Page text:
Bayou Eats | Acadian Superette
article by Vanelis Rivera
photography by Kelly Moore Clark
Originally from West Monroe, Chef Don Green is flexing his culinary chops at Acadian Superette in Lafayette.
He first dishes that Chef Don Green learned to cook from his mother. “I honestly just started making the dishes I loved eating,” he says, listing chicken and dumplings, beef tips with rice and gravy, and smothered steak and mashed potatoes. Originally from West Monroe, he moved to Baton Rouge around age twenty, finding his way into the culinary world by way of Maxwell’s Market, a traditional-style delicatessen. His first cooking job “ever” took the form of assisting in the meat market section. Drawn to the meticulous preparation and craft of butchery, he ended up enrolling at the Louisiana Culinary Institute. “That’s where I really started my whole journey of cooking,” he says. Currently, Chef Green is flexing his culinary chops at Acadian Superette in Lafayette. With no plans of slowing down, he has found fulfillment in his craft and in the enjoyment of sharing his passion one savory dish at a time.
“I wasn’t really much of a home cook,” admits Green, adding “I was considered a husky child growing up, so I did like to eat.” For him, Northeast Louisiana was at the crossroads of country cooking. It was a place where soul food met Cajun flavors with a dash of Texas flare. Simple flavors came alive under careful technique and preparation. While working at Maxwell’s Market, he learned the ins and outs of cooking on a grill and the joys of using cast iron skillets, which he considers “the Holy Grail of cooking.” He still has the first cast iron he ever owned, a gift from his father purchased at a “feed and seed” on the road toward Farmerville.
Before joining the rich history of the Acadian Superette, Chef Green started as a banquet chef at the Crown Plaza Hotel in Baton Rouge. There, he learned the tedious art of managing a large-scale operation, at one point catering for an event of 2500 people. “We would host the LSU football teams, so I was able to get this really good view of cooking as far as going to large scale,” he says. When he moved to New Orleans, he trained and worked at La Petite Grocery under chef and owner Justin Devillier. Green took the road again, this time to Lafayette when he was offered a job in restaurant sales with a regional market chain. Unfortunately, his work with them only lasted a year, which forced him into corporate food sales. Though he kept at it for about four and a half years, he was not a fan of the corporate world. When he heard the Acadiana Superette was reconceptualizing their approach to food preparation and in search of new staff, he got on board.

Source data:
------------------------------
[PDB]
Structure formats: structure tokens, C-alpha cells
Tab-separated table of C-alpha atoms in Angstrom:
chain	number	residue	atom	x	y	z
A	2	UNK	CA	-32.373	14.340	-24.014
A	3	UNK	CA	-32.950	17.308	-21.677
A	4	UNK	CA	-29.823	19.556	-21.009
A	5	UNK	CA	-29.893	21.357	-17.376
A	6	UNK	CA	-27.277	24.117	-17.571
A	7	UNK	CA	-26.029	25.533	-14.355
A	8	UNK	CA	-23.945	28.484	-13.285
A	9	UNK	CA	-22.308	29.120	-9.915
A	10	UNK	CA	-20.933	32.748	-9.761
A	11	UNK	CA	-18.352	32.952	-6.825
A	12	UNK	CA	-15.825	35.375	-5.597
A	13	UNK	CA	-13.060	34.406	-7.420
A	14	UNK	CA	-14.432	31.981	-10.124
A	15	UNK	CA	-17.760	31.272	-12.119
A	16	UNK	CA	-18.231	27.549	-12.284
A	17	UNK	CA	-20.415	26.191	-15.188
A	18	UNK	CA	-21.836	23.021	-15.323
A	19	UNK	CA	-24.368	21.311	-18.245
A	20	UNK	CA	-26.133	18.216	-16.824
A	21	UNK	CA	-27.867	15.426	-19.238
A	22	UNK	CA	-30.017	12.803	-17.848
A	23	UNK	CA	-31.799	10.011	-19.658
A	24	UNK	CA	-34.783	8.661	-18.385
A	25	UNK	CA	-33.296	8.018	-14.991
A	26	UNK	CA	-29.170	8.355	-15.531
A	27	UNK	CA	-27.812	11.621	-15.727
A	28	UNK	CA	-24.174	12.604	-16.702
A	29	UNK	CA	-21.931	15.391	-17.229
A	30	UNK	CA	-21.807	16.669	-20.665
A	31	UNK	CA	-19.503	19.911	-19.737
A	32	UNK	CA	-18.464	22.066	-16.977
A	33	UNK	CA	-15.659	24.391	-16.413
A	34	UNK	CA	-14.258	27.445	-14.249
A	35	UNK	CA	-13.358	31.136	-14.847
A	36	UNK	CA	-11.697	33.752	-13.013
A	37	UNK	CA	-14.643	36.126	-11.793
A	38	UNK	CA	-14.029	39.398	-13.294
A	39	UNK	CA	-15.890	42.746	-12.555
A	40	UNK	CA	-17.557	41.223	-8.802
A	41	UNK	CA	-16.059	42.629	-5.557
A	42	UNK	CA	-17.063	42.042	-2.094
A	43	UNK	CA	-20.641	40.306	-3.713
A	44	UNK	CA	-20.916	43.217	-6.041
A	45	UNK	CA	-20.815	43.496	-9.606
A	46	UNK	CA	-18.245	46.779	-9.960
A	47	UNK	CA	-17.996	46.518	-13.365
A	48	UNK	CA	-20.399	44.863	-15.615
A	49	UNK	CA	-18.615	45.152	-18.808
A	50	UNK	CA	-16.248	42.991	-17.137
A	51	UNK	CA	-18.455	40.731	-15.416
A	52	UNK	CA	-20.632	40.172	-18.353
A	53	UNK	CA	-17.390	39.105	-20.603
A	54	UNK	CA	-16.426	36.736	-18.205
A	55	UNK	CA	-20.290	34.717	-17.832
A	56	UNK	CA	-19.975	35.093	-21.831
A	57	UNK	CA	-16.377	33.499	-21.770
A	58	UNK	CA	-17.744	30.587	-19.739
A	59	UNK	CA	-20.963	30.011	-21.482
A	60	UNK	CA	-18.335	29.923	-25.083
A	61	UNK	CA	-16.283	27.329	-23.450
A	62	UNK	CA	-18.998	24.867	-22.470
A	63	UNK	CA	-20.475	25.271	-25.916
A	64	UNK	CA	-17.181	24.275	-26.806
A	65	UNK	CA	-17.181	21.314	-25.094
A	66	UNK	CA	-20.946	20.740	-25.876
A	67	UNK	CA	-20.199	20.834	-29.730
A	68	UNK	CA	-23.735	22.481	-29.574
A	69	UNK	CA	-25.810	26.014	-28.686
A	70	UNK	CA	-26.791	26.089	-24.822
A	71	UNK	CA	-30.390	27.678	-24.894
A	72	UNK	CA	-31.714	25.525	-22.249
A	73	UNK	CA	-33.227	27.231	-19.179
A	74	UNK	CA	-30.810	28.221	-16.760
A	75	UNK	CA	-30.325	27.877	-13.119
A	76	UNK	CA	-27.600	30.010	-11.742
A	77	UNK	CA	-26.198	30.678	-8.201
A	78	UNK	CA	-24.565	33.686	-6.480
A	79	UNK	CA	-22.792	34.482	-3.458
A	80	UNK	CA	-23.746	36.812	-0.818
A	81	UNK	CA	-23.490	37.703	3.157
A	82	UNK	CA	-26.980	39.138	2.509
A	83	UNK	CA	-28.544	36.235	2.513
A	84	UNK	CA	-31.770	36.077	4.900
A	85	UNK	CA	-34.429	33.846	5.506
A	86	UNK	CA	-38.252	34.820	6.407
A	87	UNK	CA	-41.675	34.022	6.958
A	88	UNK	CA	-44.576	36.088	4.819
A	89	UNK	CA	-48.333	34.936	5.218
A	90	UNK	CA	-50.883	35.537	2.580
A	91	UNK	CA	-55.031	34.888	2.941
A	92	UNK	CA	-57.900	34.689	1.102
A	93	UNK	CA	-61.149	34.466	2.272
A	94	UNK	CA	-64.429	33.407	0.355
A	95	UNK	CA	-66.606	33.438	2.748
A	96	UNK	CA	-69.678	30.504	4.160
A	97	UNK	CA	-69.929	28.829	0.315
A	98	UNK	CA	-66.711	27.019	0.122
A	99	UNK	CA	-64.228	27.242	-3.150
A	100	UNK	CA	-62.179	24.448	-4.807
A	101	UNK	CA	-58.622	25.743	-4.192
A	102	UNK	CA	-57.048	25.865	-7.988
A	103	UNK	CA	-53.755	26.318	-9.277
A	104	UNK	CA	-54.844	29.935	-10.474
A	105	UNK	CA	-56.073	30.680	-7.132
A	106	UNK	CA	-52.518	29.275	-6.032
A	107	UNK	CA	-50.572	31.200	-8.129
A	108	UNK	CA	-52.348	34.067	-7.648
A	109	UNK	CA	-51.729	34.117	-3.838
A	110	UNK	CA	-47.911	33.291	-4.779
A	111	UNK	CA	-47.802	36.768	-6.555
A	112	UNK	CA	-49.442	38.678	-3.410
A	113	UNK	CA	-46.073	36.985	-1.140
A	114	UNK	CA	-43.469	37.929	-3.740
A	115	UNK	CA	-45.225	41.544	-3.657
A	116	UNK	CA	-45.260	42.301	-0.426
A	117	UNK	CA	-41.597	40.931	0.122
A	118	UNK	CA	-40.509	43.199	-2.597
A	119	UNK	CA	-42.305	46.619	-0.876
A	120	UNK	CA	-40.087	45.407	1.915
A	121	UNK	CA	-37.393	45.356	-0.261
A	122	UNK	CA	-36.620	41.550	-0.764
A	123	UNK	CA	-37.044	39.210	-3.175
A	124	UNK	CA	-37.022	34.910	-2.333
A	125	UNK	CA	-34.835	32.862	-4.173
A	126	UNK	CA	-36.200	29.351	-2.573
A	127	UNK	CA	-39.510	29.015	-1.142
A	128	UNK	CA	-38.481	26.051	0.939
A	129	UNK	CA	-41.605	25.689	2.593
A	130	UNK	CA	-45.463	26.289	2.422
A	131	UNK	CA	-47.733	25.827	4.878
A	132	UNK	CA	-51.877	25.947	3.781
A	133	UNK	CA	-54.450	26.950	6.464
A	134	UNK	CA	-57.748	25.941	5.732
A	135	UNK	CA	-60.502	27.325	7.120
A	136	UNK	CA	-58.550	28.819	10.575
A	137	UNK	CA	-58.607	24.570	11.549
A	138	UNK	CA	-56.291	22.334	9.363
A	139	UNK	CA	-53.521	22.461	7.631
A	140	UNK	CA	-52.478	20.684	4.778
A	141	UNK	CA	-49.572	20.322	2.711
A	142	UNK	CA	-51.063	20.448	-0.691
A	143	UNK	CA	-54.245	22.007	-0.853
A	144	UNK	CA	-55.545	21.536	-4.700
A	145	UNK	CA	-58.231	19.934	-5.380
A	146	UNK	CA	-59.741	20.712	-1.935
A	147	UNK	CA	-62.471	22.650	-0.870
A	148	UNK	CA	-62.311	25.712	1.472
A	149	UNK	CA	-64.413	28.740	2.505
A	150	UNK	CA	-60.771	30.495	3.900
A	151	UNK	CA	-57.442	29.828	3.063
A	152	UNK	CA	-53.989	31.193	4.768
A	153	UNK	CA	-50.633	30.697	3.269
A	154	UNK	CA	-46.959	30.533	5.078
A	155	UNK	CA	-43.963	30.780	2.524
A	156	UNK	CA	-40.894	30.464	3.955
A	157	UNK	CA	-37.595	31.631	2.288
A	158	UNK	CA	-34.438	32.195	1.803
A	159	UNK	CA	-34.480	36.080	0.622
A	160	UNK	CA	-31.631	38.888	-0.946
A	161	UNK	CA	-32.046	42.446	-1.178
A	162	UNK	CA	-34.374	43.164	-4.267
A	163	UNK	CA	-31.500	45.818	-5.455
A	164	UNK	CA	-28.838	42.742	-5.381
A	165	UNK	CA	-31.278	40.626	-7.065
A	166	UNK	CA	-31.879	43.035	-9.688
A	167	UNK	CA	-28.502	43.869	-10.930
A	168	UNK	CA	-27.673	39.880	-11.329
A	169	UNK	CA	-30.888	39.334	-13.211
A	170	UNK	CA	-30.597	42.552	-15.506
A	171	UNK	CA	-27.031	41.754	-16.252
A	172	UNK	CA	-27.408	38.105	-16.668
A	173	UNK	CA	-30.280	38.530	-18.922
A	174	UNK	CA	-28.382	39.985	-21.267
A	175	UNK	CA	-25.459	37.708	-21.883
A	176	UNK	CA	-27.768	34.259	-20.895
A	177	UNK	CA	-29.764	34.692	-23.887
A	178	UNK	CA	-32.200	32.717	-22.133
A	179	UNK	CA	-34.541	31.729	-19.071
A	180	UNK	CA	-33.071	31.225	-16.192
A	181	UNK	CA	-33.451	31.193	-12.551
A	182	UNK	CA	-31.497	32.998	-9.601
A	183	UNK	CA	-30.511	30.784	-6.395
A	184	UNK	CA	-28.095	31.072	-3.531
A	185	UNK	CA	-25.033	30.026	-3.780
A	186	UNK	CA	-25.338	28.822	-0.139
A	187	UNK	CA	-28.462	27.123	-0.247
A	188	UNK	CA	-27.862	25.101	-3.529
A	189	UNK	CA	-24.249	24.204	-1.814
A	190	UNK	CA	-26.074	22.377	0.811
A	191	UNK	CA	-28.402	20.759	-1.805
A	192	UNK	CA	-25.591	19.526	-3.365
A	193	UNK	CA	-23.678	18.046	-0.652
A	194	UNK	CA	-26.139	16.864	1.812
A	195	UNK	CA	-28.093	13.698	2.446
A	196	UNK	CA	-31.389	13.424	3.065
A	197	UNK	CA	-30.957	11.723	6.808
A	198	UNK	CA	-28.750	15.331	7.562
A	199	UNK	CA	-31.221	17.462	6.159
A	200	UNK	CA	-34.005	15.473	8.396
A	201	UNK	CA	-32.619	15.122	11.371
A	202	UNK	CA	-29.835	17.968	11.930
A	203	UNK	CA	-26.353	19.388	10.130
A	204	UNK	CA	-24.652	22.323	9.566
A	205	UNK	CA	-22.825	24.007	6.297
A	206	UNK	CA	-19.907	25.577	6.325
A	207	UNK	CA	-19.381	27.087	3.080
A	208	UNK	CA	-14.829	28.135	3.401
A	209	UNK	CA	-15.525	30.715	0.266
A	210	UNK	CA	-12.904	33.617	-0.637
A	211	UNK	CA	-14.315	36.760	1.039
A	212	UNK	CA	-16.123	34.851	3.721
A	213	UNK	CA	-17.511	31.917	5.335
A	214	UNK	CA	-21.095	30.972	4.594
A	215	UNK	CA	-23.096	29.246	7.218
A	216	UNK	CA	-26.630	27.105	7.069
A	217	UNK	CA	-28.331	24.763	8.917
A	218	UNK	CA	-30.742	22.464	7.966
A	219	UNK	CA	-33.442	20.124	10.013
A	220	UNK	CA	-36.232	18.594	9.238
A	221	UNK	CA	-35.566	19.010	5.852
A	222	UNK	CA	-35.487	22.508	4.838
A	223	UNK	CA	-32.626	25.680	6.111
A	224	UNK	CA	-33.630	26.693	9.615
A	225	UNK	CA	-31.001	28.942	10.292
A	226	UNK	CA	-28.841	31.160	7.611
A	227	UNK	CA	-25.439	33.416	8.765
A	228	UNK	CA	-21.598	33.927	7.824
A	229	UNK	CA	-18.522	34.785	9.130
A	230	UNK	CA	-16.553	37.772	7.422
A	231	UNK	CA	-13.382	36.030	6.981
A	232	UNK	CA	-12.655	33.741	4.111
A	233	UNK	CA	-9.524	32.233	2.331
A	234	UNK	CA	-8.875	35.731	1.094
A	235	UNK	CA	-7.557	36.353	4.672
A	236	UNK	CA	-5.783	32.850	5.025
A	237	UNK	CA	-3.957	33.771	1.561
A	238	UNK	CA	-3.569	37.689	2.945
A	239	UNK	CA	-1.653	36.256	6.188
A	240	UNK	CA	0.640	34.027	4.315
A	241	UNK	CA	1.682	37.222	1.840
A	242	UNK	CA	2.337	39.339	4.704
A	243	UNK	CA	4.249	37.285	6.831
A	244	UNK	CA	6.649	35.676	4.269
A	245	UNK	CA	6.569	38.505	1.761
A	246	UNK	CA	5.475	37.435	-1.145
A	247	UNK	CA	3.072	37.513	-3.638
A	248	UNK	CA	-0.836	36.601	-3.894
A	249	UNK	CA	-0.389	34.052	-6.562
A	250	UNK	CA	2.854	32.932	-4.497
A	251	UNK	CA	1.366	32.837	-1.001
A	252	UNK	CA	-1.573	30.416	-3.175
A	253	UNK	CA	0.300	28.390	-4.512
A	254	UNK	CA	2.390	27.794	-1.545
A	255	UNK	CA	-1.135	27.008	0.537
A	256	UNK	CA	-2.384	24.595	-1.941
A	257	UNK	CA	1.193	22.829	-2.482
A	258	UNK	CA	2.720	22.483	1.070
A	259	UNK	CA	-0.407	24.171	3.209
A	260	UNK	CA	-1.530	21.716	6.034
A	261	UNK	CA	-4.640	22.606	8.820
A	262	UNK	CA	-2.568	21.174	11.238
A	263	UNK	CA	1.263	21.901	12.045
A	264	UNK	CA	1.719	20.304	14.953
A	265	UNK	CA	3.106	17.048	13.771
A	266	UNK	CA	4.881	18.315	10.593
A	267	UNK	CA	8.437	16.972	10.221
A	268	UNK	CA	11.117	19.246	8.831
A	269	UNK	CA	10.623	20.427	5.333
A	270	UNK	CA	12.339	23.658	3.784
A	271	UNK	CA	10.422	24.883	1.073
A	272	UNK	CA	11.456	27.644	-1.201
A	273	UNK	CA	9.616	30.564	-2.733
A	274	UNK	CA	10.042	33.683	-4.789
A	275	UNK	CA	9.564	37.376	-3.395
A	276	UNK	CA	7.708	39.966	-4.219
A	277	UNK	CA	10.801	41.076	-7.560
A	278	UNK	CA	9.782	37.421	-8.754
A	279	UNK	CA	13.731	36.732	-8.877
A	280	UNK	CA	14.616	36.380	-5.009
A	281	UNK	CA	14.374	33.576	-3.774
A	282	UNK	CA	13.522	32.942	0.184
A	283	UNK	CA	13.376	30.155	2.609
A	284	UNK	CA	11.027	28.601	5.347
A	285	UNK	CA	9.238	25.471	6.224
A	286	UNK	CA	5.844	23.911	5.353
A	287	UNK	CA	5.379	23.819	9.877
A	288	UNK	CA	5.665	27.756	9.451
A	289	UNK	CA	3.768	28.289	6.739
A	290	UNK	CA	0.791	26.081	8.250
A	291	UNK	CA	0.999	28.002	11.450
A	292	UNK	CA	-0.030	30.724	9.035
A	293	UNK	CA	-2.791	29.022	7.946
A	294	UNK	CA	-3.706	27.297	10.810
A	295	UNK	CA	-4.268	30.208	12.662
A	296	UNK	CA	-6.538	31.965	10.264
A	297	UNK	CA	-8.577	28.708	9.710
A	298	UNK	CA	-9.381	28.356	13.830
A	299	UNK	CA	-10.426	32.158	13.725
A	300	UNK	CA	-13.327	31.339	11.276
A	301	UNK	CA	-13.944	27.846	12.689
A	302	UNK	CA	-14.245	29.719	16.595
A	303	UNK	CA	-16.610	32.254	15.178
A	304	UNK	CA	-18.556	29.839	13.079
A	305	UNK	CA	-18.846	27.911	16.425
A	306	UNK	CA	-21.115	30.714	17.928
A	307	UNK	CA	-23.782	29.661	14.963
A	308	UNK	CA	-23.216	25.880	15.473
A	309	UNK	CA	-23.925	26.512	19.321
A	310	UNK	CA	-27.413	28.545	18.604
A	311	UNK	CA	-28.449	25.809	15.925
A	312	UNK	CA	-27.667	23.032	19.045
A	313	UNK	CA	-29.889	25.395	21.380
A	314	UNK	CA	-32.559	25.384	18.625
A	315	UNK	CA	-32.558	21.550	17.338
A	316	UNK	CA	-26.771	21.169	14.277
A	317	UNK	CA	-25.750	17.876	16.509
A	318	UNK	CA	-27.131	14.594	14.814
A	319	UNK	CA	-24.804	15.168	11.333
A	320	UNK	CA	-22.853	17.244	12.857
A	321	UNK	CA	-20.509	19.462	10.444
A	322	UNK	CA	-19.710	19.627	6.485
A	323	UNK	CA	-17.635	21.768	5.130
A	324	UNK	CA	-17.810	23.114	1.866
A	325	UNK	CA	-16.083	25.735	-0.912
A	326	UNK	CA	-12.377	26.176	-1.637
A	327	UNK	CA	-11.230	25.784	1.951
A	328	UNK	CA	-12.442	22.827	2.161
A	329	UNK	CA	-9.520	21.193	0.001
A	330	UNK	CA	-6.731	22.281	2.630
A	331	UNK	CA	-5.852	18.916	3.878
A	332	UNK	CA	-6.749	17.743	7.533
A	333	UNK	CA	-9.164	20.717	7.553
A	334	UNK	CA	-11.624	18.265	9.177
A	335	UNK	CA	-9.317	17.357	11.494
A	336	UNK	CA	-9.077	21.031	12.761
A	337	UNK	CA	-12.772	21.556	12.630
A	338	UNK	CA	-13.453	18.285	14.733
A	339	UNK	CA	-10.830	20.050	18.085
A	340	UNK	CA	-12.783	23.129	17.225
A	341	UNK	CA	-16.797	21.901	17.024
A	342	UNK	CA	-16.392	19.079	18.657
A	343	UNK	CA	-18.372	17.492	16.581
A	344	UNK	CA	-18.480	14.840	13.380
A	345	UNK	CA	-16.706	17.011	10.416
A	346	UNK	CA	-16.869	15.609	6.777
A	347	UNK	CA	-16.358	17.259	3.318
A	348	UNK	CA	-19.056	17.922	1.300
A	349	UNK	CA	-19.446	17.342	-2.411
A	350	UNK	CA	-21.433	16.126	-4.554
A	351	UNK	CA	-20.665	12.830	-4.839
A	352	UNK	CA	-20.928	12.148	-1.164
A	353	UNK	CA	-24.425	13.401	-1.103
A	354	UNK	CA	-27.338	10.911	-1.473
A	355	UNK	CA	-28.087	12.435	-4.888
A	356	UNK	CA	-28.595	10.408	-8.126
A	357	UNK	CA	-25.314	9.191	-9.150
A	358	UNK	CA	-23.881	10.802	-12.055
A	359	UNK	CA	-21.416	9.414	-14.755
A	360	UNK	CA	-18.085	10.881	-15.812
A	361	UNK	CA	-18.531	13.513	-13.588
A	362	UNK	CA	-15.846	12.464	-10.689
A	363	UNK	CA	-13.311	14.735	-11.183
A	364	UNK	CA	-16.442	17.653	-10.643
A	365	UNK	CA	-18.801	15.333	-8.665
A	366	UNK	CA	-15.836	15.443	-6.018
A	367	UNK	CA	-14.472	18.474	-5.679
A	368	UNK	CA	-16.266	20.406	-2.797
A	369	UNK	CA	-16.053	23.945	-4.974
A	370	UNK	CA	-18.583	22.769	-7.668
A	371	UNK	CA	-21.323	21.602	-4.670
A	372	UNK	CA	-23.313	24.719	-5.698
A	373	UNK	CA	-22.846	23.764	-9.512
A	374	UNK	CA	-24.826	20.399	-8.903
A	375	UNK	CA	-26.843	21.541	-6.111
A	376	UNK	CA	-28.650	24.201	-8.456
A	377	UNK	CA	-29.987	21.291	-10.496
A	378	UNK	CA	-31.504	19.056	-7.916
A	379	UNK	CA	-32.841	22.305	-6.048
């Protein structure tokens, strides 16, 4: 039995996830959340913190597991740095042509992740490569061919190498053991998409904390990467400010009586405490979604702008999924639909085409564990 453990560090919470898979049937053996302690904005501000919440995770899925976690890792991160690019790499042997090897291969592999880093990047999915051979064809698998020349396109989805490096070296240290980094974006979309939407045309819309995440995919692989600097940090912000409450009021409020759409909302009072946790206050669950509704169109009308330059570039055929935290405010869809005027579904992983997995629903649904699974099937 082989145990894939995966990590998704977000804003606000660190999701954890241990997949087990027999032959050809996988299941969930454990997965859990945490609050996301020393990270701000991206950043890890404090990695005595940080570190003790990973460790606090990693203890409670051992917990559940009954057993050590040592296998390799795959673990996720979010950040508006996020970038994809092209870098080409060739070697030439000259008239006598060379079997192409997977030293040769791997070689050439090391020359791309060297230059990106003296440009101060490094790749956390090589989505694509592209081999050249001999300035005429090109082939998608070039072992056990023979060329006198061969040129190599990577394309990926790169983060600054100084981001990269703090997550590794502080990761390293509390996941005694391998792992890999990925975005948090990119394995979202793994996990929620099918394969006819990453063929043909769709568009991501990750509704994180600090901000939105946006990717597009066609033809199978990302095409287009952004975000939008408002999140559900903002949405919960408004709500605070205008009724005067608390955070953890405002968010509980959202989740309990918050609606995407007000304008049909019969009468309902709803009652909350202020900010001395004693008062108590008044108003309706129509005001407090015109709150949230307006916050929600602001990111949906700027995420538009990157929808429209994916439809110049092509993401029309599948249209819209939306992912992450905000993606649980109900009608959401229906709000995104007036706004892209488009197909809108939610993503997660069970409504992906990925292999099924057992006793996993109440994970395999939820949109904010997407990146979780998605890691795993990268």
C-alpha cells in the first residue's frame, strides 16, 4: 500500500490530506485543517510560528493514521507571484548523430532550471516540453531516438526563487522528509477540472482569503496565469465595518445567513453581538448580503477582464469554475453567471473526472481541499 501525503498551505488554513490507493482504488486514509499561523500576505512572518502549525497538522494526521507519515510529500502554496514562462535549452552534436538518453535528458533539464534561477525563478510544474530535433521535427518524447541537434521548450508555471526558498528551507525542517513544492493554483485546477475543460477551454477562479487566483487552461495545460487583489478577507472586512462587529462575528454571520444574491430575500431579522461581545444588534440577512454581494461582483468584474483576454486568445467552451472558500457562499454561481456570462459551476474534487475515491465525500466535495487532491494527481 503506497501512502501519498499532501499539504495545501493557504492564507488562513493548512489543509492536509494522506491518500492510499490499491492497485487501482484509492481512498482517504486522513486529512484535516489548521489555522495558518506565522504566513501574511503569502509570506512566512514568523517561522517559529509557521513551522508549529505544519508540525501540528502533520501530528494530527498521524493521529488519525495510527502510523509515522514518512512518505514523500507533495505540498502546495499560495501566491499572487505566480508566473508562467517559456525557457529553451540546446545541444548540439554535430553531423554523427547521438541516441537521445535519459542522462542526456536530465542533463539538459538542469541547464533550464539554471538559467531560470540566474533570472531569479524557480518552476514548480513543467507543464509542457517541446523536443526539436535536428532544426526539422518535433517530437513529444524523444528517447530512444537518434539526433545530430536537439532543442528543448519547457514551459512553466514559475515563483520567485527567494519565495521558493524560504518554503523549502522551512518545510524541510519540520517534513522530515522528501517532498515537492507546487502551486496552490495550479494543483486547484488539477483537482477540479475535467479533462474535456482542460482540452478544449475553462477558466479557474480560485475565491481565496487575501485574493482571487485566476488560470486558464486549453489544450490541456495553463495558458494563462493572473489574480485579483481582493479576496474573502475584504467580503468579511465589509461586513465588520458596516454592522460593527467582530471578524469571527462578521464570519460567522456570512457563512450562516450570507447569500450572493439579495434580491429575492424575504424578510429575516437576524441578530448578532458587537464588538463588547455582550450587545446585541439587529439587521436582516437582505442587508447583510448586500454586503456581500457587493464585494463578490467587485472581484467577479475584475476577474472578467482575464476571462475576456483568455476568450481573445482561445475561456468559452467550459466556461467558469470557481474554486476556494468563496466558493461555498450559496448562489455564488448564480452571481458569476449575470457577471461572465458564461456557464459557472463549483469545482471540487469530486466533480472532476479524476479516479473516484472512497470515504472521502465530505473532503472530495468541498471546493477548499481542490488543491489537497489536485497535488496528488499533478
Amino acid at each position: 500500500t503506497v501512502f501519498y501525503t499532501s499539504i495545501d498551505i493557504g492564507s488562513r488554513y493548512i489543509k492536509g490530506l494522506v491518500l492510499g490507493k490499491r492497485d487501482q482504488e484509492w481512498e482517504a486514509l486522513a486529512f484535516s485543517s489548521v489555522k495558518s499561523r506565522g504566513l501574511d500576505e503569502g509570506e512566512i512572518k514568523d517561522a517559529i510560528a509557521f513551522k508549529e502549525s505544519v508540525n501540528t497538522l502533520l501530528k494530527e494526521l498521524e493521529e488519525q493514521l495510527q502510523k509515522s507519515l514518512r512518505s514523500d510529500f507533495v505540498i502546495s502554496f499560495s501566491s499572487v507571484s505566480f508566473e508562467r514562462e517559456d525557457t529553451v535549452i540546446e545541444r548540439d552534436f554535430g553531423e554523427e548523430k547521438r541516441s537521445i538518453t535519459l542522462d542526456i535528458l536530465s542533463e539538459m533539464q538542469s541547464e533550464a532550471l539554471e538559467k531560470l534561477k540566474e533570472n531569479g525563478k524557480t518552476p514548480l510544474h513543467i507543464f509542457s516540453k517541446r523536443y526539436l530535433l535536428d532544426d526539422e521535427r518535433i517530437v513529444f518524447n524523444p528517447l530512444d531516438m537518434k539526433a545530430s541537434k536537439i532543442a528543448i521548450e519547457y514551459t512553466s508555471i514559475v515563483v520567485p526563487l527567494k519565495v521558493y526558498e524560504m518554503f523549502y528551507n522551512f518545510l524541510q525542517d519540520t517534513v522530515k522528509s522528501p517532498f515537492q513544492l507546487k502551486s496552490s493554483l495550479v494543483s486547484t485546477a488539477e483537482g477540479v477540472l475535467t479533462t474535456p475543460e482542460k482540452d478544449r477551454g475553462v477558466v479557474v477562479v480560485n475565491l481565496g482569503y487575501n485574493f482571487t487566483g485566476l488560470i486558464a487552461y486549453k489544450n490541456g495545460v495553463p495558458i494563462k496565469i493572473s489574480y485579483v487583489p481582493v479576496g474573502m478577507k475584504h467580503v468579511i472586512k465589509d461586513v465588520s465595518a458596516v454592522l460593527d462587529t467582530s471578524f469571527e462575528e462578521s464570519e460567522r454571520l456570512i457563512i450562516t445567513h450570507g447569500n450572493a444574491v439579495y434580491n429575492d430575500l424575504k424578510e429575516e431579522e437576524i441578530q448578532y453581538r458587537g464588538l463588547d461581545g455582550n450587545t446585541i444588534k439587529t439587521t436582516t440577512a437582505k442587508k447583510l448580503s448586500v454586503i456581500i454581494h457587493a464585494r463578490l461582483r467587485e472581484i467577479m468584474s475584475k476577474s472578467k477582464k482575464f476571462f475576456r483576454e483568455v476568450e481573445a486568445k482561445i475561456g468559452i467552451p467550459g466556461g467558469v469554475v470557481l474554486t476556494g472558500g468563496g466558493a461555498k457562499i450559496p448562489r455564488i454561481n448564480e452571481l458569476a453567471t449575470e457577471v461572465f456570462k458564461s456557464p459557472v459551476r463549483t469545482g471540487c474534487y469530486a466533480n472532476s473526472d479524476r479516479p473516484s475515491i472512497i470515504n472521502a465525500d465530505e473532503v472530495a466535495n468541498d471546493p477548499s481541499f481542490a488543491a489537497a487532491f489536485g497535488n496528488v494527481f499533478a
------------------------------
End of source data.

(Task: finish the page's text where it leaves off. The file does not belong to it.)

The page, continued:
The Acadian Superette has flourished in the Freetown-Port Rico neighborhood since the 1940s. Originally a grocery store, it was turned into a restaurant around the 1980s under the ownership of the famed Lynn Derenthal. In 2017, Derenthal sold the restaurant to Dr. Robert Autin, a full-time surgeon with a penchant for cooking, butchering, and smoking meats. Like many Acadiana locals, Autin believes that food is “foremost among the many gifts our region has to offer.” Green shared Autin’s enthusiasm, also holding an appreciation for Southern classics while striving to leave room for innovation and discovery. “We were both wanting to go in the same direction of things,” informs Green, referring to plans of revamping the property and creating a menu geared toward dishes made from scratch. “Here we are, two years later, and we’re still kind of making progress on it all,” says Green who officially joined the Acadian Superette on March 2021.